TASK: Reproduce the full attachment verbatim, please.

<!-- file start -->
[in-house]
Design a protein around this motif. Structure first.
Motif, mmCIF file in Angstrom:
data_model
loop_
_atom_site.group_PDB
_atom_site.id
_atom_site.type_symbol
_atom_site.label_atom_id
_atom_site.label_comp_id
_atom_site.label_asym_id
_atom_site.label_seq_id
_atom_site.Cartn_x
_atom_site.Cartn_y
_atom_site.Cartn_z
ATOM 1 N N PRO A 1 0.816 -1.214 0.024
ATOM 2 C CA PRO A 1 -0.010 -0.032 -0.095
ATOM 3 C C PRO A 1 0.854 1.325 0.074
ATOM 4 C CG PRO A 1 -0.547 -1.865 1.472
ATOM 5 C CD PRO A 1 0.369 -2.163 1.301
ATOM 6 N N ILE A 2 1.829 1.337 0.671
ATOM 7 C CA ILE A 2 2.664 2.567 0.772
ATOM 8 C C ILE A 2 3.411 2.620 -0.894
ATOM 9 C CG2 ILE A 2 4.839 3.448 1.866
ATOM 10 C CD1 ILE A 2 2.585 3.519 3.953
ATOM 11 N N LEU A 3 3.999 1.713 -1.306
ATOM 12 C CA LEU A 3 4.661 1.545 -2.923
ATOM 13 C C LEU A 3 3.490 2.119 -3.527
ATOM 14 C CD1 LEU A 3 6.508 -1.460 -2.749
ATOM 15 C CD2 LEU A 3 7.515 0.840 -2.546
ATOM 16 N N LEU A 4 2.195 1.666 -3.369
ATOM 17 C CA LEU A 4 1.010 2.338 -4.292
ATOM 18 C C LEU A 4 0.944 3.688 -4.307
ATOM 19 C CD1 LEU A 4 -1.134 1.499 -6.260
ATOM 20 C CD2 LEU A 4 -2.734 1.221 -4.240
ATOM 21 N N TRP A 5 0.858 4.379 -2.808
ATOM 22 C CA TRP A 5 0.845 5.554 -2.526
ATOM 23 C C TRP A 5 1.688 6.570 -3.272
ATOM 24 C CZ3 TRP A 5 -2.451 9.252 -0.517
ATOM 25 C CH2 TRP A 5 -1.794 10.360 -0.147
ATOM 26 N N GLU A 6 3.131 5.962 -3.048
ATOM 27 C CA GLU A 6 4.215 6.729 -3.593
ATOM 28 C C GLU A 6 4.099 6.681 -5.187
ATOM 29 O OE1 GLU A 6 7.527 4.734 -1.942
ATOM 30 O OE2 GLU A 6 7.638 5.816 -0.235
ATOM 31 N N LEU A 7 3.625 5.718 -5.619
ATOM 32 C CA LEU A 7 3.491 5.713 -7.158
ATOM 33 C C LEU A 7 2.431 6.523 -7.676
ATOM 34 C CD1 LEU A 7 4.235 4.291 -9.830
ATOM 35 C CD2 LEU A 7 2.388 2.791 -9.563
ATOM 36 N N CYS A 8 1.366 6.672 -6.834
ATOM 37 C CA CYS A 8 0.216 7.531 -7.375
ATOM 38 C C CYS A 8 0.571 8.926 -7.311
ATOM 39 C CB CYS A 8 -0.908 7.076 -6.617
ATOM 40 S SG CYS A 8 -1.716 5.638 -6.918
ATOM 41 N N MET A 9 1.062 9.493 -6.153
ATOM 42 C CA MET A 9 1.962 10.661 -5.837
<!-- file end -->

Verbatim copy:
[in-house]
Design a protein around this motif. Structure first.
Motif, mmCIF file in Angstrom:
data_model
loop_
_atom_site.group_PDB
_atom_site.id
_atom_site.type_symbol
_atom_site.label_atom_id
_atom_site.label_comp_id
_atom_site.label_asym_id
_atom_site.label_seq_id
_atom_site.Cartn_x
_atom_site.Cartn_y
_atom_site.Cartn_z
ATOM 1 N N PRO A 1 0.816 -1.214 0.024
ATOM 2 C CA PRO A 1 -0.010 -0.032 -0.095
ATOM 3 C C PRO A 1 0.854 1.325 0.074
ATOM 4 C CG PRO A 1 -0.547 -1.865 1.472
ATOM 5 C CD PRO A 1 0.369 -2.163 1.301
ATOM 6 N N ILE A 2 1.829 1.337 0.671
ATOM 7 C CA ILE A 2 2.664 2.567 0.772
ATOM 8 C C ILE A 2 3.411 2.620 -0.894
ATOM 9 C CG2 ILE A 2 4.839 3.448 1.866
ATOM 10 C CD1 ILE A 2 2.585 3.519 3.953
ATOM 11 N N LEU A 3 3.999 1.713 -1.306
ATOM 12 C CA LEU A 3 4.661 1.545 -2.923
ATOM 13 C C LEU A 3 3.490 2.119 -3.527
ATOM 14 C CD1 LEU A 3 6.508 -1.460 -2.749
ATOM 15 C CD2 LEU A 3 7.515 0.840 -2.546
ATOM 16 N N LEU A 4 2.195 1.666 -3.369
ATOM 17 C CA LEU A 4 1.010 2.338 -4.292
ATOM 18 C C LEU A 4 0.944 3.688 -4.307
ATOM 19 C CD1 LEU A 4 -1.134 1.499 -6.260
ATOM 20 C CD2 LEU A 4 -2.734 1.221 -4.240
ATOM 21 N N TRP A 5 0.858 4.379 -2.808
ATOM 22 C CA TRP A 5 0.845 5.554 -2.526
ATOM 23 C C TRP A 5 1.688 6.570 -3.272
ATOM 24 C CZ3 TRP A 5 -2.451 9.252 -0.517
ATOM 25 C CH2 TRP A 5 -1.794 10.360 -0.147
ATOM 26 N N GLU A 6 3.131 5.962 -3.048
ATOM 27 C CA GLU A 6 4.215 6.729 -3.593
ATOM 28 C C GLU A 6 4.099 6.681 -5.187
ATOM 29 O OE1 GLU A 6 7.527 4.734 -1.942
ATOM 30 O OE2 GLU A 6 7.638 5.816 -0.235
ATOM 31 N N LEU A 7 3.625 5.718 -5.619
ATOM 32 C CA LEU A 7 3.491 5.713 -7.158
ATOM 33 C C LEU A 7 2.431 6.523 -7.676
ATOM 34 C CD1 LEU A 7 4.235 4.291 -9.830
ATOM 35 C CD2 LEU A 7 2.388 2.791 -9.563
ATOM 36 N N CYS A 8 1.366 6.672 -6.834
ATOM 37 C CA CYS A 8 0.216 7.531 -7.375
ATOM 38 C C CYS A 8 0.571 8.926 -7.311
ATOM 39 C CB CYS A 8 -0.908 7.076 -6.617
ATOM 40 S SG CYS A 8 -1.716 5.638 -6.918
ATOM 41 N N MET A 9 1.062 9.493 -6.153
ATOM 42 C CA MET A 9 1.962 10.661 -5.837